Miriam Donohoe: What goes around comes around - why spending money locally helps everyone
Published 11/12/2013 | 23:33
KEEP it local. We hear this a lot. But as Ireland limps through the recession, "local", sadly, has been forgotten. Many small businesses in our towns and villages are hurting. And Santa won't be visiting this year.
We were rejoicing last week after Ireland was named the best country in the world in which to do business by the influential financial magazine 'Forbes'. We were also celebrating saying "bye bye" to the troika. Back to monetary independence -- of sorts anyway.
But despite the economic upturn, with property prices rising and unemployment figures at their lowest level since 2009, many communities across the country are still suffering. A drive through some small towns in Ireland will show shops closed down, and once-thriving main streets dying on their feet. Yesterday came news that the Athlone Town Shopping Centre, a development that was to put new business blood into the midlands, has gone into receivership.
Indications are that with just over two weeks to go to Christmas shoppers are heading to the cities and big shopping centres to spend -- and the local grocery shop, butcher, chemist, pub, garage, craft and gift shops are losing out on the festive bonanza.
According to a Deloitte survey, Irish families will fork out a staggering €1.5bn in the run-up to the big day, on gifts, food and drink. That's an average of about €900 per family. But how much of this spend will stay in our local communities?
Of course the bottom line for most of us is value for money, and making our hard-earned euro stretch as far as possible. God knows we have less disposable cash now due to the recklessness of the banks, politicians and regulators during the boom.
But we need to look at the longer game.
The impact of spending locally was highlighted to me yesterday by Catherine Keeling, who set up her own business, The Dolls House Studio, in Carrigaline Co Cork, eight years ago. Catherine is a one-woman show, who makes and stocks different types of dolls houses and accessories.
She told how she learnt a valuable lesson in economics last week, and how €200 could make such a difference to her town. A customer paid her €200 for a doll's house so she was able to order some signs and advertising materials from a local printer, costing €200. The man in the printers told her he was going to pay the garage next door for work to his car, which cost €200.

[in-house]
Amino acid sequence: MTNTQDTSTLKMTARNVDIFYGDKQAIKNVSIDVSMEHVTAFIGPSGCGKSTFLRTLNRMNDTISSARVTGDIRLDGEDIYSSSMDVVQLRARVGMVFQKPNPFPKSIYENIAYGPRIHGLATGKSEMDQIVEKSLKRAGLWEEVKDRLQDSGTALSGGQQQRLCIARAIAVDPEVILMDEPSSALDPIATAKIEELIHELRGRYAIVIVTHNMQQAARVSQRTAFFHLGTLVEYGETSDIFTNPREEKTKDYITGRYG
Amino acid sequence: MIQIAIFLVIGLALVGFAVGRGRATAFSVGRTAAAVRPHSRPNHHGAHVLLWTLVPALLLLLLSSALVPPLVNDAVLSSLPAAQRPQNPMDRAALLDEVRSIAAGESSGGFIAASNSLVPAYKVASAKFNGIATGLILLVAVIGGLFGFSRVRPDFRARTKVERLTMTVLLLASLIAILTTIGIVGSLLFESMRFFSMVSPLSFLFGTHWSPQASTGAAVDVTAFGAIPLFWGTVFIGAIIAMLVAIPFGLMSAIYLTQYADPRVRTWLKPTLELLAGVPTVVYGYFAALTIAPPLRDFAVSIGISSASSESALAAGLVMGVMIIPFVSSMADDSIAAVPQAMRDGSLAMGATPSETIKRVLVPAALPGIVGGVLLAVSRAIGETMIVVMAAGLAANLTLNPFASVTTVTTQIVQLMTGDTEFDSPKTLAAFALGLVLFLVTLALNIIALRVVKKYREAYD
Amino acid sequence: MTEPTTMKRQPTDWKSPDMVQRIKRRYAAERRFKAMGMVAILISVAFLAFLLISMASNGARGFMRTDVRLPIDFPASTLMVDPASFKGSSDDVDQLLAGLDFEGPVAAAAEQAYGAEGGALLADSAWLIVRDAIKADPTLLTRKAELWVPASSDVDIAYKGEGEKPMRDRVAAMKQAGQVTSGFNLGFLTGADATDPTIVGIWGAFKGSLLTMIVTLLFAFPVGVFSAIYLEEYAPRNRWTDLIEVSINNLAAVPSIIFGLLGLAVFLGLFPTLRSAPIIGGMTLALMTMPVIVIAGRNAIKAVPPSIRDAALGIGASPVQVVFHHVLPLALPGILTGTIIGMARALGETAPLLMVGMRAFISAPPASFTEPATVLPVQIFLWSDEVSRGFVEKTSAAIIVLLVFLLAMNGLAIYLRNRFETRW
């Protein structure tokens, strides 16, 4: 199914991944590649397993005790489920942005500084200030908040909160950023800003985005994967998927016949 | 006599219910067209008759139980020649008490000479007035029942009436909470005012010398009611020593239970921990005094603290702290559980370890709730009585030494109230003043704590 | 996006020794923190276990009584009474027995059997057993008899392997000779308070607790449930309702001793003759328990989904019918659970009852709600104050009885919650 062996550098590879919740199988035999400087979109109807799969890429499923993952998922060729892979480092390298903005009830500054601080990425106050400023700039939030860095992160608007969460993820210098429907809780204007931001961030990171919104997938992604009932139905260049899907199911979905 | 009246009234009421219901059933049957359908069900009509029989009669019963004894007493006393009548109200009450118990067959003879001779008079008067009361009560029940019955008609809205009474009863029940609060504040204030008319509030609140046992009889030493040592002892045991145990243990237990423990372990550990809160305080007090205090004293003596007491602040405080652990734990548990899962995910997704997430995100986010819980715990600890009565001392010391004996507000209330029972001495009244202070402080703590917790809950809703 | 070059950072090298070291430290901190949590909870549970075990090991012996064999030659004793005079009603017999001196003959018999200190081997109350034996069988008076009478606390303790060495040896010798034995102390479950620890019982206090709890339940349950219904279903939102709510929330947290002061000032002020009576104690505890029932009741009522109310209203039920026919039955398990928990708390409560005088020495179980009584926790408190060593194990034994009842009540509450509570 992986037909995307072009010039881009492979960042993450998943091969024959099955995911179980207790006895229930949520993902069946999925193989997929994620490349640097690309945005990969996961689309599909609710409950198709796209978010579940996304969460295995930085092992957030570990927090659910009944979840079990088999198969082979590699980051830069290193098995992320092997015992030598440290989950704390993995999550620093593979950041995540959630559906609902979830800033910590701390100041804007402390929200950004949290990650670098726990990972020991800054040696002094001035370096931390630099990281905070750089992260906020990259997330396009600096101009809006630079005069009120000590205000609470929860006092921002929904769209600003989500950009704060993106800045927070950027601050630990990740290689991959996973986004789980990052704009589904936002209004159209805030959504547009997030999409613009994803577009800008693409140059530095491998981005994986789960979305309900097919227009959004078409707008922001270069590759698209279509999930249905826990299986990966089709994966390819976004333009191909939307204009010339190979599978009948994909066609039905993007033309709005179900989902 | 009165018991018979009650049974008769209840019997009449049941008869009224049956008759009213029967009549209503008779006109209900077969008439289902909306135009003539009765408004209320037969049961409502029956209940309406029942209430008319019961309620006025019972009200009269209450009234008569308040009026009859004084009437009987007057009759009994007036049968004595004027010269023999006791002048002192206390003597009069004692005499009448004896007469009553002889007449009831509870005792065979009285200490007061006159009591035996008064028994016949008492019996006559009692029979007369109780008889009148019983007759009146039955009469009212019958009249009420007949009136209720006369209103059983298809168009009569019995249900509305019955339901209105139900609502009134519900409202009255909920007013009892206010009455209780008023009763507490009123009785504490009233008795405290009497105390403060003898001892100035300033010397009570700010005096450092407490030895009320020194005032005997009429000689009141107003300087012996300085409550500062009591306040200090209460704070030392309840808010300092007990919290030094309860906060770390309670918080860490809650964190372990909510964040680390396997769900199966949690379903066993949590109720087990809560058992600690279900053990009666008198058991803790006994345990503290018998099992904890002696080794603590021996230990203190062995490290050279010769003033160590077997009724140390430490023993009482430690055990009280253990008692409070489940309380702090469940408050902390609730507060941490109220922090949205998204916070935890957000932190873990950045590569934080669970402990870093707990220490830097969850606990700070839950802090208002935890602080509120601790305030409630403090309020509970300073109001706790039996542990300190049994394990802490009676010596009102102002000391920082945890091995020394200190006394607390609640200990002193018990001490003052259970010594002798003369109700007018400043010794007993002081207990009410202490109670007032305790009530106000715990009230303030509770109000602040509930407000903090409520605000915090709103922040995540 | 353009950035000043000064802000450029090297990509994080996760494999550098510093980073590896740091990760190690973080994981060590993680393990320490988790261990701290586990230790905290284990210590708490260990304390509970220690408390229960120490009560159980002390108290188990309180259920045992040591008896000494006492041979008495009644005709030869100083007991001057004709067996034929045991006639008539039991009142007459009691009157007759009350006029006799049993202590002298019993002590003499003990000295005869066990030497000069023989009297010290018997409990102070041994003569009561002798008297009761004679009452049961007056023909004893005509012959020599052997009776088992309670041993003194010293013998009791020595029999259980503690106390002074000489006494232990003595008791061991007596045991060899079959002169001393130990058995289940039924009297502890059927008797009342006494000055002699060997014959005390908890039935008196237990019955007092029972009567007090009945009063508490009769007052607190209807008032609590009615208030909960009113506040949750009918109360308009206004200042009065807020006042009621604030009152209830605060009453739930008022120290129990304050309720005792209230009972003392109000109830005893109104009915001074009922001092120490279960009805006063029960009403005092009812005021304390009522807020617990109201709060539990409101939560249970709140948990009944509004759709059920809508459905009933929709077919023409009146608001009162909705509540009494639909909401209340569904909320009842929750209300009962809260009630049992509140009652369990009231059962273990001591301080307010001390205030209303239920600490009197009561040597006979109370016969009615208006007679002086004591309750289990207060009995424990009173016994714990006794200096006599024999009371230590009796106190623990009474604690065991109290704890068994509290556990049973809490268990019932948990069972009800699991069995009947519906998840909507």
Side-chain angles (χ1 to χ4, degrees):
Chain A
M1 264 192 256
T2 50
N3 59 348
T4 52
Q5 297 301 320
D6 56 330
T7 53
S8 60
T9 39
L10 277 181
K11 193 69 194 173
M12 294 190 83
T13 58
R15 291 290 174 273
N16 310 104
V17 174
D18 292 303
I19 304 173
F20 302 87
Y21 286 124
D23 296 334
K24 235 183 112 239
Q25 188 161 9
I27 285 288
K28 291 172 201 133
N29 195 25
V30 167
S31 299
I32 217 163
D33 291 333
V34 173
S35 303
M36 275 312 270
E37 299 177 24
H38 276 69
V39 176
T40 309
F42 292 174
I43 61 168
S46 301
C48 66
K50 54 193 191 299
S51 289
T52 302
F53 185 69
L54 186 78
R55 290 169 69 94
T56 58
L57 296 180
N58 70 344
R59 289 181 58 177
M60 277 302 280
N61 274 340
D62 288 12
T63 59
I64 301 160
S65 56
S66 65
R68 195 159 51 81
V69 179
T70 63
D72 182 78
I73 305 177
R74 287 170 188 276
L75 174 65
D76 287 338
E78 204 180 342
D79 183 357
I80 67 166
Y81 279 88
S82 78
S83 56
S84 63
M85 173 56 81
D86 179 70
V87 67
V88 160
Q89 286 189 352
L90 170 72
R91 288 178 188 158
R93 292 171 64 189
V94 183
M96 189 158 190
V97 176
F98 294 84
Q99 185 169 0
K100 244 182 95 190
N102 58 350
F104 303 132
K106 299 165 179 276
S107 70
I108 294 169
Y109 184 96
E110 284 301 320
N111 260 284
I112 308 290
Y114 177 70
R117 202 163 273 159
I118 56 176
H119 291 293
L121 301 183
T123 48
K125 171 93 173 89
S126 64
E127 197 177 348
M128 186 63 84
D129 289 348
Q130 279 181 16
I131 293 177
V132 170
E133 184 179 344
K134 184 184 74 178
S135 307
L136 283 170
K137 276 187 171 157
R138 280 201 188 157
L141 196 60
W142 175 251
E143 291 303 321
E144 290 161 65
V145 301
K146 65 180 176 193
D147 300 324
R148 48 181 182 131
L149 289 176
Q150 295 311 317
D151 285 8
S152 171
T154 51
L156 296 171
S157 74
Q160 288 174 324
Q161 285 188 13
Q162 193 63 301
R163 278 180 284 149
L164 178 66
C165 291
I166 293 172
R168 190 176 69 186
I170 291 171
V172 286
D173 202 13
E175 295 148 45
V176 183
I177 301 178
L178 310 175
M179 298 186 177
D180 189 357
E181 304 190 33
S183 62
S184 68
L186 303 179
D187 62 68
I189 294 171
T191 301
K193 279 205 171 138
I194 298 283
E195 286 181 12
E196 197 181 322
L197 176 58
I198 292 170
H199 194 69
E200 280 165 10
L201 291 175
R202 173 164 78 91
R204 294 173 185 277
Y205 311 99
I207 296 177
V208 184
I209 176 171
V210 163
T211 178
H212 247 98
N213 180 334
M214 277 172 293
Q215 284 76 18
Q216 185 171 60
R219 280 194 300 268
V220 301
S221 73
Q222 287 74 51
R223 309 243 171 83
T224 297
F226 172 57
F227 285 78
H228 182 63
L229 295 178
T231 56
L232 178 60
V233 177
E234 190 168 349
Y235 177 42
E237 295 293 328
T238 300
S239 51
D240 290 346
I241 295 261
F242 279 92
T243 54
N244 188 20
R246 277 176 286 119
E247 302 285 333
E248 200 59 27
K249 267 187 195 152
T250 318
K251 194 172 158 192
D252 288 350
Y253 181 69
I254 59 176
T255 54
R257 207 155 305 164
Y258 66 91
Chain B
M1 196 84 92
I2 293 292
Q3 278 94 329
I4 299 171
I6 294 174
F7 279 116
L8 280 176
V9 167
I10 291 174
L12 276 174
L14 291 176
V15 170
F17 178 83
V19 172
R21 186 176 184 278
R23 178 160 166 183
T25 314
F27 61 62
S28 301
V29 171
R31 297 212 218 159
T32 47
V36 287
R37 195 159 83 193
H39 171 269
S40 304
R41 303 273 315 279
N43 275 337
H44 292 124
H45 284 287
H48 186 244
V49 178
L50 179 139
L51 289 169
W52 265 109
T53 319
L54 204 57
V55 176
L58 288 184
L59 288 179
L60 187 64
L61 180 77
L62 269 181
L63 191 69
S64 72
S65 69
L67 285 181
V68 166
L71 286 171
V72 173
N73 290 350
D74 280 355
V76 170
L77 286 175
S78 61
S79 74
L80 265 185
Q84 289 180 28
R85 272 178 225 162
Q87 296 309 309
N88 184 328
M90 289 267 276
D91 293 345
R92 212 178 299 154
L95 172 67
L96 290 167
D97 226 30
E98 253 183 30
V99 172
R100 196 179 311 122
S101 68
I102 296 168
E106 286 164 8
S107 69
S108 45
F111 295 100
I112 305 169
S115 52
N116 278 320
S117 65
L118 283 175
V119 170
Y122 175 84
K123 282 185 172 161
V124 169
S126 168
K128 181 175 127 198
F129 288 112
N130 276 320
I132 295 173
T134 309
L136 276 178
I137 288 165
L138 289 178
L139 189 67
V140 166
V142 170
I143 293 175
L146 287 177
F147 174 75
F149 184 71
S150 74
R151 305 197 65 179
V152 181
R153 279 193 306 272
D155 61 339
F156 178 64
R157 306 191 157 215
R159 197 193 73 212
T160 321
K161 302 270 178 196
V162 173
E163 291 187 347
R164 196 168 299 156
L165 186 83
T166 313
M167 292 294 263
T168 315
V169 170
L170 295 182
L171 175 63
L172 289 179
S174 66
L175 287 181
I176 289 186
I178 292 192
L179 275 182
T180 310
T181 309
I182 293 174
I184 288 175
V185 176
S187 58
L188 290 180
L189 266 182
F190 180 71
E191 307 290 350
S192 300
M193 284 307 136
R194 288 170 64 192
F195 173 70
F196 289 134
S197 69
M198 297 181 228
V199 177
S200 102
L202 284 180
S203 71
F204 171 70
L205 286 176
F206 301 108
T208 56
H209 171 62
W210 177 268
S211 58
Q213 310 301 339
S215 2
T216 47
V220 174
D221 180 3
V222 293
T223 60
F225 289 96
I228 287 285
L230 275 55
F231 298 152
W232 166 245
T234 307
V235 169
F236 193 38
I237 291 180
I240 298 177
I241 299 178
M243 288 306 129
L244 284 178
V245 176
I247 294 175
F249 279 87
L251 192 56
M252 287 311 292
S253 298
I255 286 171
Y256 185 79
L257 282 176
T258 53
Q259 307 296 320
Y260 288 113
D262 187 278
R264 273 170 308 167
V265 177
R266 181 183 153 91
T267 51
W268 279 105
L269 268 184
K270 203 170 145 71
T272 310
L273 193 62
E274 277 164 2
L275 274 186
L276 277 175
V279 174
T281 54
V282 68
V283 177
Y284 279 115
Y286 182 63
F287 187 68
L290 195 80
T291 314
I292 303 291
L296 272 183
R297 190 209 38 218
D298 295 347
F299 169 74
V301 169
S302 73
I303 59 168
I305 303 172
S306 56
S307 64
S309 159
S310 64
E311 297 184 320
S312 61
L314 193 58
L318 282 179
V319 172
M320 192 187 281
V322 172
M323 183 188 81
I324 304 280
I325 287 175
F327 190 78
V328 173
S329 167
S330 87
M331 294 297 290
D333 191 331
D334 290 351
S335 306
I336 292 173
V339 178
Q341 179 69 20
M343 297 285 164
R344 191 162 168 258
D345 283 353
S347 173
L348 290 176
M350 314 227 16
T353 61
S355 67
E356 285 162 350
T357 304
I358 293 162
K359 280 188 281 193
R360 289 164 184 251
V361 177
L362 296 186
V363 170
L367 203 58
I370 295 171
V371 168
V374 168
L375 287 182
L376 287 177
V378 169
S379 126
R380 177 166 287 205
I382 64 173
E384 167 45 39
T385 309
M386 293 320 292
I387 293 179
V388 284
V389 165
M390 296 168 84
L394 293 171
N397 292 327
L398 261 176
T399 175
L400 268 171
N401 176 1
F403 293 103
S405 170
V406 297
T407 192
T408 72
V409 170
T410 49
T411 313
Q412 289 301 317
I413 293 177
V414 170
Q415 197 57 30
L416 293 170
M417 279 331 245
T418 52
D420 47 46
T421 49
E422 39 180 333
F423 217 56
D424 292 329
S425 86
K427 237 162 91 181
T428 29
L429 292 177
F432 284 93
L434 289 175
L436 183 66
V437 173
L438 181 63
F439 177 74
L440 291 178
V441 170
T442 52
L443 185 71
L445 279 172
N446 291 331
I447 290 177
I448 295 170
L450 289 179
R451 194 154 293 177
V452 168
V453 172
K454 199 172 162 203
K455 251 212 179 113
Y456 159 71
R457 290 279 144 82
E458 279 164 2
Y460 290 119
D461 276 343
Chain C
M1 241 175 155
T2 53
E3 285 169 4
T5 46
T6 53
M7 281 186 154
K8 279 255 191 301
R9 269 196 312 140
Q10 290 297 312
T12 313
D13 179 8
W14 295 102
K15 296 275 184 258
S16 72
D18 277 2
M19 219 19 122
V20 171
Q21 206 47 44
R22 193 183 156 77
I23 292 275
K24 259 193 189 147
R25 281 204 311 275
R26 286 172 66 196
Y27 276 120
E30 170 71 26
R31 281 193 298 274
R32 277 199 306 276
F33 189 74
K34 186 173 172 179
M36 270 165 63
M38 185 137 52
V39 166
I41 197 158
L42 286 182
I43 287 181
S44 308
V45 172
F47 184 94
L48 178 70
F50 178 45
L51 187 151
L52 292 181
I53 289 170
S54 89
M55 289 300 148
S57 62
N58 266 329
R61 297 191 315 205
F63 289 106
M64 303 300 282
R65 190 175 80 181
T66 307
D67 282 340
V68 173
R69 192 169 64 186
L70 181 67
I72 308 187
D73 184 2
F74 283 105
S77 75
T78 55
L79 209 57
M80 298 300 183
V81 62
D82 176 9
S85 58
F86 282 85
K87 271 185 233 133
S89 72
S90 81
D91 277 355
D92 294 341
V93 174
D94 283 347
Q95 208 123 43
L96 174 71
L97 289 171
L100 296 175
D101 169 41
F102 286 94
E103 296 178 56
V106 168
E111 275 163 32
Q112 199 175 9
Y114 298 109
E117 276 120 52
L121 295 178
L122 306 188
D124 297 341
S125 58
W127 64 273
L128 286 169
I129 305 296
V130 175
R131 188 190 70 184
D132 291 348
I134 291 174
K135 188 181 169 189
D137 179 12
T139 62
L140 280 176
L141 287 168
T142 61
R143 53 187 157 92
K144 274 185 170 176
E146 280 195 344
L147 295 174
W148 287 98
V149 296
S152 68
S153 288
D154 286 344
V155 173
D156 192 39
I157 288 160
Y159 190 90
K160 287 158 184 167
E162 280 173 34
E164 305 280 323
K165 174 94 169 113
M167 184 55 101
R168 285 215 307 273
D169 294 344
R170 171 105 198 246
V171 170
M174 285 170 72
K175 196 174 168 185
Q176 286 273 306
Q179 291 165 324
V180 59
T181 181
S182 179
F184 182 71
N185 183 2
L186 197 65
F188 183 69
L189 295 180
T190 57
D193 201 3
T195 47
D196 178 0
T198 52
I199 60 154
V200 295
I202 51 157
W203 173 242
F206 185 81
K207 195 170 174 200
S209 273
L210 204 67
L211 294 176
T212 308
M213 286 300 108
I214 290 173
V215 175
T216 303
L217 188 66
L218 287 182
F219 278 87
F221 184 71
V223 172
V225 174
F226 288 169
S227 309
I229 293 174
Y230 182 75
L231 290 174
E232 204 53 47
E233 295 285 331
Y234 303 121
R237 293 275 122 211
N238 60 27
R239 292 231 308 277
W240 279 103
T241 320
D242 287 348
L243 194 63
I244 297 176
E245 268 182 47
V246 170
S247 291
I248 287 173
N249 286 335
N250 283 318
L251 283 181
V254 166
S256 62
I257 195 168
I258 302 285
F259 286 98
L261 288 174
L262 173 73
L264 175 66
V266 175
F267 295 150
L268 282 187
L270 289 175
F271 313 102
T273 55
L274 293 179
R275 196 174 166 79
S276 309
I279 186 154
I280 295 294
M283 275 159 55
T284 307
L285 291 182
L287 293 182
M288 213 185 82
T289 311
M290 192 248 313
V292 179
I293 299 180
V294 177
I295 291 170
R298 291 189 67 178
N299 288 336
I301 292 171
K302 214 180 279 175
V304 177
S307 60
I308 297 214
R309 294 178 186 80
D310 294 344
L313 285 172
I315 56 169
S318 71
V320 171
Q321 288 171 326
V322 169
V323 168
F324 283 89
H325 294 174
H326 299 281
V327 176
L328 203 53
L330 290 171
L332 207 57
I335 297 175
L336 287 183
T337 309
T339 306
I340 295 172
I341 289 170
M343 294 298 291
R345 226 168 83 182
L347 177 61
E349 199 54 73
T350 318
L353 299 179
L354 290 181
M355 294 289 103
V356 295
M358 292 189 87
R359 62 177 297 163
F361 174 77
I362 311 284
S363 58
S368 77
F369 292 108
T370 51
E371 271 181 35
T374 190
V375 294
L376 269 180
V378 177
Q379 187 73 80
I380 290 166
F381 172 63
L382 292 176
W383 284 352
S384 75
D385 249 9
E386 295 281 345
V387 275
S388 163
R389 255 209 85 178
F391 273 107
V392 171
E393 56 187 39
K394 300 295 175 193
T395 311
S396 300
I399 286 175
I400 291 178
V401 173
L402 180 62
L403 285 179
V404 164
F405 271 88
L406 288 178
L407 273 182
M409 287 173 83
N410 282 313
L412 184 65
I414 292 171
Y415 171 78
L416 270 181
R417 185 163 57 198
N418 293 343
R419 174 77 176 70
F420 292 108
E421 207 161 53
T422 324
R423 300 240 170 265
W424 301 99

The garage man had just taken on an apprentice on a wage of €200, which, presumably, will be spent locally.
"So that original €200 paid to me had a total value of €1,000 to Carrigaline. Spend €200 on the internet outside of Ireland and it is gone," Catherine said.
The good news is that towns around Ireland are fighting back and starting to shout loud.
A tweet I posted to the #keepitlocal hashtag yielded a huge response, with various communities sharing what they are doing to keep the money in their towns.
In New Ross, Co. Wexford, the local Chamber of Commerce has launched a Random Acts of Christmas initiative where members of the public are selected on the street and given an envelope containing a voucher from a local shop.
In Co Mayo, 29 businesses in Claremorris have to date signed up to the local Chamber of Commerce Shop Claremorris Voucher scheme. There is also free parking in the town every day from 1 pm for December.
Kilkenny, my native city, is offering the first hour of parking free in most car parks for December. And the Made In Kilkenny craft network has opened a pop-up shop on John Street.
In Cork City blogger and digital marketer Aoife Rigney, is driving a social media campaign to support local business this Christmas. They are invited to tweet their offers to #CorkChristmas and be included in her excellent blog.
We might groan at the well-worn appeal to "buy-local", but these campaigns can help local economies stay alive. They can also give a hopeful message in a recession.
A recent American Independent Business Alliance survey revealed that small businesses in communities with "buy local" campaigns had an 8.6pc increase in sales in 2012 compared to the previous year.
Two weeks ago America had a Small Business Saturday, held between the country's two big mega-shopping events, Black Friday and Cyber Monday. More than 100 million shoppers spent an estimated $5.5 billion locally that day.
In our ever-growing global world, it is more important than ever to retain the distinctive character of our local retailers and small business. We don't want everything to be swallowed up by the big guys.
The benefits reverberate throughout the community -- local businesses provide local jobs. Thriving businesses lead to more support for sports clubs and schools. Young people have more options to stay in areas that are prospering.
Keeping the spend local gives oxygen to our communities. If all the spend is in the big centres, oxygen is cut off -- and small businesses wither and die.
A lot of small towns need a miracle on Main Street this Christmas. Just as Ireland was bailed out by the troika, it is in our hands now to bail out small business. Let's give them a helping hand in the next two weeks. Twitter: #keepitlocal
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